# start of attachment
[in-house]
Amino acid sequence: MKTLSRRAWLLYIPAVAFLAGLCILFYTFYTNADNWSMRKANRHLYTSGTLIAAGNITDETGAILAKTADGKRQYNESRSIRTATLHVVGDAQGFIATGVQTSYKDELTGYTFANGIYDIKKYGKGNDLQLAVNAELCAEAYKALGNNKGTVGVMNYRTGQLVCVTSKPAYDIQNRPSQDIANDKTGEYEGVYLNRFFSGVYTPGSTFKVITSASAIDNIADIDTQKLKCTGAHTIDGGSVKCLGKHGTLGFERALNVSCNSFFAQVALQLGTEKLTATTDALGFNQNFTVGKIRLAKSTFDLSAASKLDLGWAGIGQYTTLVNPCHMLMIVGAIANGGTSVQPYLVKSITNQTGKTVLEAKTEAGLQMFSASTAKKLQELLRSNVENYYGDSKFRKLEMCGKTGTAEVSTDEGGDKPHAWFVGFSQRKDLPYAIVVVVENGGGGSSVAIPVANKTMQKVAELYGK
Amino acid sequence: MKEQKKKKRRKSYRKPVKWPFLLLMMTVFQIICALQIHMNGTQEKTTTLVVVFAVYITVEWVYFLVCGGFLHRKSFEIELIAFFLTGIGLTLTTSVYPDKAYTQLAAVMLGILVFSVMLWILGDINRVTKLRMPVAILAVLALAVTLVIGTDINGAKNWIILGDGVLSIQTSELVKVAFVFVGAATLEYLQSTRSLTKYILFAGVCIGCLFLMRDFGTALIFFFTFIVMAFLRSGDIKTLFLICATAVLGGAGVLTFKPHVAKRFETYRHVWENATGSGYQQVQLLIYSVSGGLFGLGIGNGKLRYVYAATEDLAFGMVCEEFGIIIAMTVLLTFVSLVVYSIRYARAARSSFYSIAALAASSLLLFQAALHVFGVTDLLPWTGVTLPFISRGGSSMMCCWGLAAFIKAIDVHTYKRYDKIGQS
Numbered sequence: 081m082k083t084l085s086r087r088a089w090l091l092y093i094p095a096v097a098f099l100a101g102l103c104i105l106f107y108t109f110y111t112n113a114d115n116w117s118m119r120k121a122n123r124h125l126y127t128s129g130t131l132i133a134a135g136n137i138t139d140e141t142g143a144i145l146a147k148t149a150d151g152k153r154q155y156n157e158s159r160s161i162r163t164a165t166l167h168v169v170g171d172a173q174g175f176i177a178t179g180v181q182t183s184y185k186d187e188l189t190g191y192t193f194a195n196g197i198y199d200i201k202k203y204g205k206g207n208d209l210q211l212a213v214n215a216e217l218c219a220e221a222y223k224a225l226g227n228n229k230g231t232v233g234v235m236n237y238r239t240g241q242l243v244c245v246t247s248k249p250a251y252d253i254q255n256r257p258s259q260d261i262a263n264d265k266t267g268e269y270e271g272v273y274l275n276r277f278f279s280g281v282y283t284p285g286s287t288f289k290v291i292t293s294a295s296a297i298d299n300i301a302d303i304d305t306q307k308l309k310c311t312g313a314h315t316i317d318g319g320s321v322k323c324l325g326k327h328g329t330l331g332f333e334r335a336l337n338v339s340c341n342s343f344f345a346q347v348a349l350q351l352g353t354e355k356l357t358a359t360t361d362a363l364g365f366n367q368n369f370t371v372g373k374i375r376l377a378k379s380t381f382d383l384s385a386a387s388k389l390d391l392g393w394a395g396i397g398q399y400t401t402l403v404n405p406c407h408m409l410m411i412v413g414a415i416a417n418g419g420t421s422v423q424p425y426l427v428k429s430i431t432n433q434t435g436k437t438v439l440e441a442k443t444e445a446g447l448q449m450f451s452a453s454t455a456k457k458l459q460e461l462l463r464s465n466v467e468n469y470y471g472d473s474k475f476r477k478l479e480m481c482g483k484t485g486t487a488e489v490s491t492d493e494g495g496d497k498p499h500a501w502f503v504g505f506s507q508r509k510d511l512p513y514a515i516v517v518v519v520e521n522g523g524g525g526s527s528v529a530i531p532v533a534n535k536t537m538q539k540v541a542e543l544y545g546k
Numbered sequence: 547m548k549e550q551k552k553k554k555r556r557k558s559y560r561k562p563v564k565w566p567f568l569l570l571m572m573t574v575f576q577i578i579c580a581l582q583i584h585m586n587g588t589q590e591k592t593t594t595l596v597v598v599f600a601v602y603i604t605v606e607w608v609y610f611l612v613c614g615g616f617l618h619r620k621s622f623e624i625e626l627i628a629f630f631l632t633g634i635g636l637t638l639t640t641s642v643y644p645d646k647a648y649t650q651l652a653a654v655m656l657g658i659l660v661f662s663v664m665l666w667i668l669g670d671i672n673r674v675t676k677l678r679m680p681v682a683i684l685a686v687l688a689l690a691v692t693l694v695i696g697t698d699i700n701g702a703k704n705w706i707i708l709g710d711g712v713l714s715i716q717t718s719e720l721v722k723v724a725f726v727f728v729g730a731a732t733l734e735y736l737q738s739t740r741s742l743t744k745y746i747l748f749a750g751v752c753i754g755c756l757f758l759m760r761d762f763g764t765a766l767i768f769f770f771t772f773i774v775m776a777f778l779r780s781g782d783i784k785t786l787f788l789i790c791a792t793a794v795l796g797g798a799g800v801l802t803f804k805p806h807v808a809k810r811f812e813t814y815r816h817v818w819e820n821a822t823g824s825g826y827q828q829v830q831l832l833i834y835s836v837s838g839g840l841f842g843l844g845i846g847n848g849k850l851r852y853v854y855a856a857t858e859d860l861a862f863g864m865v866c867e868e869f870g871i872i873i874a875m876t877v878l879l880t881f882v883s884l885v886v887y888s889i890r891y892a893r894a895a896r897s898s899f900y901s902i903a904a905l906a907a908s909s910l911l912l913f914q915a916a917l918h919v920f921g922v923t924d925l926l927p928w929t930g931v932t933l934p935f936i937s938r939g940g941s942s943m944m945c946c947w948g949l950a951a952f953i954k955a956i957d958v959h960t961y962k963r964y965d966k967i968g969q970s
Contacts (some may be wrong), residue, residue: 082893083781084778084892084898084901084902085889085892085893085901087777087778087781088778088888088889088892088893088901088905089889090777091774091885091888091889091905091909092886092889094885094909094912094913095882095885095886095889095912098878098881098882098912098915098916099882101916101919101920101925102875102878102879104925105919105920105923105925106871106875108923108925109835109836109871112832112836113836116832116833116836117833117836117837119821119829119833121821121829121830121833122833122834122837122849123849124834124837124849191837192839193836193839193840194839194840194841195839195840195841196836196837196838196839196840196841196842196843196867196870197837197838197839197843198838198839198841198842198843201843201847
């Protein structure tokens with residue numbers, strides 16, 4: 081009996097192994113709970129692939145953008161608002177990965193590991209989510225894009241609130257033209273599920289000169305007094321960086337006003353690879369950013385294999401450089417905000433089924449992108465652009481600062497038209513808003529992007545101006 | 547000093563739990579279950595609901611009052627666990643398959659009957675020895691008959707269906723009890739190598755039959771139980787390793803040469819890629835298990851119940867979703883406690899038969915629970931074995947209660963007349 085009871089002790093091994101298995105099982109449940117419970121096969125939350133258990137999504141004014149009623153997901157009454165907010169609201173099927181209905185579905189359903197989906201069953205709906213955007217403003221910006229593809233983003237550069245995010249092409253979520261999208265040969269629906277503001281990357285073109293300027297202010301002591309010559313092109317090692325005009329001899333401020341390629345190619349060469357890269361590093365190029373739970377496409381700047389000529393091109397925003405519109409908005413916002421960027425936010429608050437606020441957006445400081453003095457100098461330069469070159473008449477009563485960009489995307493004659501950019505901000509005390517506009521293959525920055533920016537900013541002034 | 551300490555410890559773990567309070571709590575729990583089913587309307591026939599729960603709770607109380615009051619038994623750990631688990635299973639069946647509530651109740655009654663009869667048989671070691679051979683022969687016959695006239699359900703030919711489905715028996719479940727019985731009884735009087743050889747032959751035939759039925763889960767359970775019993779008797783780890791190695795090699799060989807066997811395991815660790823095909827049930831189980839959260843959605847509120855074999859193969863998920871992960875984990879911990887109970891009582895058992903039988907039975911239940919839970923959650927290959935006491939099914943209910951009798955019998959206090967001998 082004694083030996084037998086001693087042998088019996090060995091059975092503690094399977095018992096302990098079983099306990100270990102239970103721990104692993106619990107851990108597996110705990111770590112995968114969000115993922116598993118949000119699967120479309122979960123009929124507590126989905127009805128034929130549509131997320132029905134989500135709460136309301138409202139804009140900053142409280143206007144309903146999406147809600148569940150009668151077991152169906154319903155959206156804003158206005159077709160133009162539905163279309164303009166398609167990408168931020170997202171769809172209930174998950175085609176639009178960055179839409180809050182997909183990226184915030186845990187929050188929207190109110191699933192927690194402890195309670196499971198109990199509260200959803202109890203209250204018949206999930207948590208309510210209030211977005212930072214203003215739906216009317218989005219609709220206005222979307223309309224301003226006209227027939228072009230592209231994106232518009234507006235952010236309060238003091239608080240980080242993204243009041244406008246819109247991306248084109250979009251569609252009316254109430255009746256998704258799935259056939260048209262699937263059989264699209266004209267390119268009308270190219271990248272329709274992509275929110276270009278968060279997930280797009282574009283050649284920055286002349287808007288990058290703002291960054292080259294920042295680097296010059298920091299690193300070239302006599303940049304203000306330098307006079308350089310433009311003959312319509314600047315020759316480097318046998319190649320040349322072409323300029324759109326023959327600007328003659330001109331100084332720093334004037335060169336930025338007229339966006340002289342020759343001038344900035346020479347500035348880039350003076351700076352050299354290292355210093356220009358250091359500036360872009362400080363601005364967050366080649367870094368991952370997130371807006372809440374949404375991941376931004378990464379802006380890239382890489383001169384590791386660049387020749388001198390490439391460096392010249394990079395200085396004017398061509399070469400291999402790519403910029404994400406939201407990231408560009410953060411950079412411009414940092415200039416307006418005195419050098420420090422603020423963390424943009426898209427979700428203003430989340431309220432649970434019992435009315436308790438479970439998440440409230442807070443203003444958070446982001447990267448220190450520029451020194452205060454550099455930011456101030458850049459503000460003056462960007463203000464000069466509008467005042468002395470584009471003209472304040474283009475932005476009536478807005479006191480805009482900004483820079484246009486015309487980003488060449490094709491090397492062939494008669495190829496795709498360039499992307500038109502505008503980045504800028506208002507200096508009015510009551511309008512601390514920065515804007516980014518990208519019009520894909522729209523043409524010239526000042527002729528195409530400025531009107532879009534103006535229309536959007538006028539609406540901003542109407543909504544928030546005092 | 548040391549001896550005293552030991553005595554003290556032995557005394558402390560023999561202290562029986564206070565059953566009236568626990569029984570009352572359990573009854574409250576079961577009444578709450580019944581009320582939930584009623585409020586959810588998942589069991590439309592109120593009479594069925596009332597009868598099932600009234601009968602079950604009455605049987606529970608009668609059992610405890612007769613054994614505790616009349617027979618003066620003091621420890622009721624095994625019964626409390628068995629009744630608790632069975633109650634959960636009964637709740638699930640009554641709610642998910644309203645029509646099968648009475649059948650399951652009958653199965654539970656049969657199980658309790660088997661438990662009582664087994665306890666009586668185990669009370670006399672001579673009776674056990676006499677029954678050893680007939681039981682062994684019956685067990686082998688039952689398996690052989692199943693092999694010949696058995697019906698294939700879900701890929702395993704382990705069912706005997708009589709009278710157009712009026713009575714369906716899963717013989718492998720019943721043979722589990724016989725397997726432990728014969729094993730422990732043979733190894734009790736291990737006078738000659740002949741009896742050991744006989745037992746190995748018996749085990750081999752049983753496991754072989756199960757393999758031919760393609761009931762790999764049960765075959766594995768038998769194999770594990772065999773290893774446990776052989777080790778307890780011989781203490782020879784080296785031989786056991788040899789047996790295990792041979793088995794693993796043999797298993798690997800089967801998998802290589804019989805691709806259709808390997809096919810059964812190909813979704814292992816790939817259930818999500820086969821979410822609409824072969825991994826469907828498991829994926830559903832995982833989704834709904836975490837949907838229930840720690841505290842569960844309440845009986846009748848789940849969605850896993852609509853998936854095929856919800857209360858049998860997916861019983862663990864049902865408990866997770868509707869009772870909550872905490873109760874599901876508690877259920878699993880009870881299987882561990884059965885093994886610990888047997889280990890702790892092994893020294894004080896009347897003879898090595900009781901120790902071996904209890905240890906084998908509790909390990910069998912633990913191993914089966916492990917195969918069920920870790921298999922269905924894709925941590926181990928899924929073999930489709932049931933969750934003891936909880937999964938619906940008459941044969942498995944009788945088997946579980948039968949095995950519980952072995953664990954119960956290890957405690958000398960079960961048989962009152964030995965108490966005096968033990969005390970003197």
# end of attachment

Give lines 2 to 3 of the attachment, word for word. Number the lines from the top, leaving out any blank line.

Amino acid sequence: MKTLSRRAWLLYIPAVAFLAGLCILFYTFYTNADNWSMRKANRHLYTSGTLIAAGNITDETGAILAKTADGKRQYNESRSIRTATLHVVGDAQGFIATGVQTSYKDELTGYTFANGIYDIKKYGKGNDLQLAVNAELCAEAYKALGNNKGTVGVMNYRTGQLVCVTSKPAYDIQNRPSQDIANDKTGEYEGVYLNRFFSGVYTPGSTFKVITSASAIDNIADIDTQKLKCTGAHTIDGGSVKCLGKHGTLGFERALNVSCNSFFAQVALQLGTEKLTATTDALGFNQNFTVGKIRLAKSTFDLSAASKLDLGWAGIGQYTTLVNPCHMLMIVGAIANGGTSVQPYLVKSITNQTGKTVLEAKTEAGLQMFSASTAKKLQELLRSNVENYYGDSKFRKLEMCGKTGTAEVSTDEGGDKPHAWFVGFSQRKDLPYAIVVVVENGGGGSSVAIPVANKTMQKVAELYGK
Amino acid sequence: MKEQKKKKRRKSYRKPVKWPFLLLMMTVFQIICALQIHMNGTQEKTTTLVVVFAVYITVEWVYFLVCGGFLHRKSFEIELIAFFLTGIGLTLTTSVYPDKAYTQLAAVMLGILVFSVMLWILGDINRVTKLRMPVAILAVLALAVTLVIGTDINGAKNWIILGDGVLSIQTSELVKVAFVFVGAATLEYLQSTRSLTKYILFAGVCIGCLFLMRDFGTALIFFFTFIVMAFLRSGDIKTLFLICATAVLGGAGVLTFKPHVAKRFETYRHVWENATGSGYQQVQLLIYSVSGGLFGLGIGNGKLRYVYAATEDLAFGMVCEEFGIIIAMTVLLTFVSLVVYSIRYARAARSSFYSIAALAASSLLLFQAALHVFGVTDLLPWTGVTLPFISRGGSSMMCCWGLAAFIKAIDVHTYKRYDKIGQS